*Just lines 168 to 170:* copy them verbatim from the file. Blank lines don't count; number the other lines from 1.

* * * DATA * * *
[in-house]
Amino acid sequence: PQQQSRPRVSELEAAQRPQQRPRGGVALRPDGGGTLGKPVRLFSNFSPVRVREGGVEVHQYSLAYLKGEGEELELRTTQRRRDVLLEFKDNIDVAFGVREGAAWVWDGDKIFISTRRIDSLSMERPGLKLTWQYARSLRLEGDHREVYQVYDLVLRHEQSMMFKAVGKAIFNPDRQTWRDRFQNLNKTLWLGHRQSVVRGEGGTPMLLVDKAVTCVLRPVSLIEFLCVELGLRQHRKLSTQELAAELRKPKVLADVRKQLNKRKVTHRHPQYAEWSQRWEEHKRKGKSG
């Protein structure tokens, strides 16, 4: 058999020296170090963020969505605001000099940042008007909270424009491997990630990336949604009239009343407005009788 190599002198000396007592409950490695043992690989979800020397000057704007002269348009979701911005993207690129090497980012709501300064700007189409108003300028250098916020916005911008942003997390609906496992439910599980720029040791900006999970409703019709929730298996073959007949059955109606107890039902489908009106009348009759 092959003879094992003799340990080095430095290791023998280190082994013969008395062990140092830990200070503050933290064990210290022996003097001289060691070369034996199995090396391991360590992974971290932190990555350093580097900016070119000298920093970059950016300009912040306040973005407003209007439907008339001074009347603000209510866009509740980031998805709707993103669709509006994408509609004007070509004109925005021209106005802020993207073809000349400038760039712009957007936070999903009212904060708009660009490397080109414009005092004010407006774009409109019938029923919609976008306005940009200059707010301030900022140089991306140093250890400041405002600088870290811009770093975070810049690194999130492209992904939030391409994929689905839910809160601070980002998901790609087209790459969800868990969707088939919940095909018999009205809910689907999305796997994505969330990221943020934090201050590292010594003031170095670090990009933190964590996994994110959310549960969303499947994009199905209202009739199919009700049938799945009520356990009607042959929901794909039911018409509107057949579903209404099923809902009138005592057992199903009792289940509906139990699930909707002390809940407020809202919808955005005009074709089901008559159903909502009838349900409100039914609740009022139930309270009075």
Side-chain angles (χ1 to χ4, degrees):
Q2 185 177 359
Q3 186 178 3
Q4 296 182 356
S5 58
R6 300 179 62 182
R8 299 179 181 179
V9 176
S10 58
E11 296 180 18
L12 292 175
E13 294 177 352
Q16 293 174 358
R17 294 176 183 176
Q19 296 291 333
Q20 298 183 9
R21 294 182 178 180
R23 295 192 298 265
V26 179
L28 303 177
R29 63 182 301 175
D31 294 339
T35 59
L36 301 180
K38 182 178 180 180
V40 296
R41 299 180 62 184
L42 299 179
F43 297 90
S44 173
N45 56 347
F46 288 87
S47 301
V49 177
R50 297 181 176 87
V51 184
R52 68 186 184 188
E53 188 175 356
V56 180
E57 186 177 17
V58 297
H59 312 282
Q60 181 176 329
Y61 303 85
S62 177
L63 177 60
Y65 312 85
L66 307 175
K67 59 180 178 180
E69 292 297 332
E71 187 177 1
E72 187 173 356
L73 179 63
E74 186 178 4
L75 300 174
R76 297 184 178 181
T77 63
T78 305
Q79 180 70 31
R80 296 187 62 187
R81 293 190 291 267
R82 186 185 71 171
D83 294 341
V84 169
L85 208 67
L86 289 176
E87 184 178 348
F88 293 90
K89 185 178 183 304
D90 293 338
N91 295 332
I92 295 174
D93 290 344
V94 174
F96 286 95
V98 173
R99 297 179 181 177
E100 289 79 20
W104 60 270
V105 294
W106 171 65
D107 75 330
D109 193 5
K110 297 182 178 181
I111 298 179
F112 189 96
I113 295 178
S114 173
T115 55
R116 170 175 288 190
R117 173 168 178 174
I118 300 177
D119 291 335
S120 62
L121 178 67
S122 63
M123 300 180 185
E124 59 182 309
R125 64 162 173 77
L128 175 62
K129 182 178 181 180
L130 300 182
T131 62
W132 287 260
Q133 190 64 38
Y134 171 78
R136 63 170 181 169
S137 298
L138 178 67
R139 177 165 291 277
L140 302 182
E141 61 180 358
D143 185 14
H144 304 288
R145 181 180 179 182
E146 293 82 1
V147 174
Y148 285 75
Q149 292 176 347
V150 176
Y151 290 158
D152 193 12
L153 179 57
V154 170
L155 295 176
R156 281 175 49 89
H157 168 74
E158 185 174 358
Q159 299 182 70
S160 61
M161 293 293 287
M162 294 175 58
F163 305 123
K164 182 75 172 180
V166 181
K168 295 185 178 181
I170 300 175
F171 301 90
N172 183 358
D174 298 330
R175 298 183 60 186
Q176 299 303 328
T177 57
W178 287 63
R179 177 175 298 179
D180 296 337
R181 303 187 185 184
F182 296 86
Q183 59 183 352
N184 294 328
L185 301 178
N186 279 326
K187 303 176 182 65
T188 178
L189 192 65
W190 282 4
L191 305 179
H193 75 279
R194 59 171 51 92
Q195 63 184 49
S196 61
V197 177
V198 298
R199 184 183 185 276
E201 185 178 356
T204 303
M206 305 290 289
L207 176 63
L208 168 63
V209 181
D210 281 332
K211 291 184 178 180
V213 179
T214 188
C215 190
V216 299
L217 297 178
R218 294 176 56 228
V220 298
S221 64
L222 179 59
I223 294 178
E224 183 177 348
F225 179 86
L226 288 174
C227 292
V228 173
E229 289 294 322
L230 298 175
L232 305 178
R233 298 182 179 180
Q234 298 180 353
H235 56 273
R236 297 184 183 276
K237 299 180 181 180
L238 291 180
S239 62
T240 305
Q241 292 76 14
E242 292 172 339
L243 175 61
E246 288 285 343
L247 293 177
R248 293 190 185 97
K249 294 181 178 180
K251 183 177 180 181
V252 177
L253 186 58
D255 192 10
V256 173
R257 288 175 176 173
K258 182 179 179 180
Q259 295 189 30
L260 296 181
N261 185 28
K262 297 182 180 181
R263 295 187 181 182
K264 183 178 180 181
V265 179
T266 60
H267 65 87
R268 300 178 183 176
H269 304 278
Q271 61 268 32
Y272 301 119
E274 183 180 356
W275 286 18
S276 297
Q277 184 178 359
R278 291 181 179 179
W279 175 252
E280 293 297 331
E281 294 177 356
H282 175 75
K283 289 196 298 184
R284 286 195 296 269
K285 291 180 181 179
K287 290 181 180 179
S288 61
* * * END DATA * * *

E201 185 178 356
T204 303
M206 305 290 289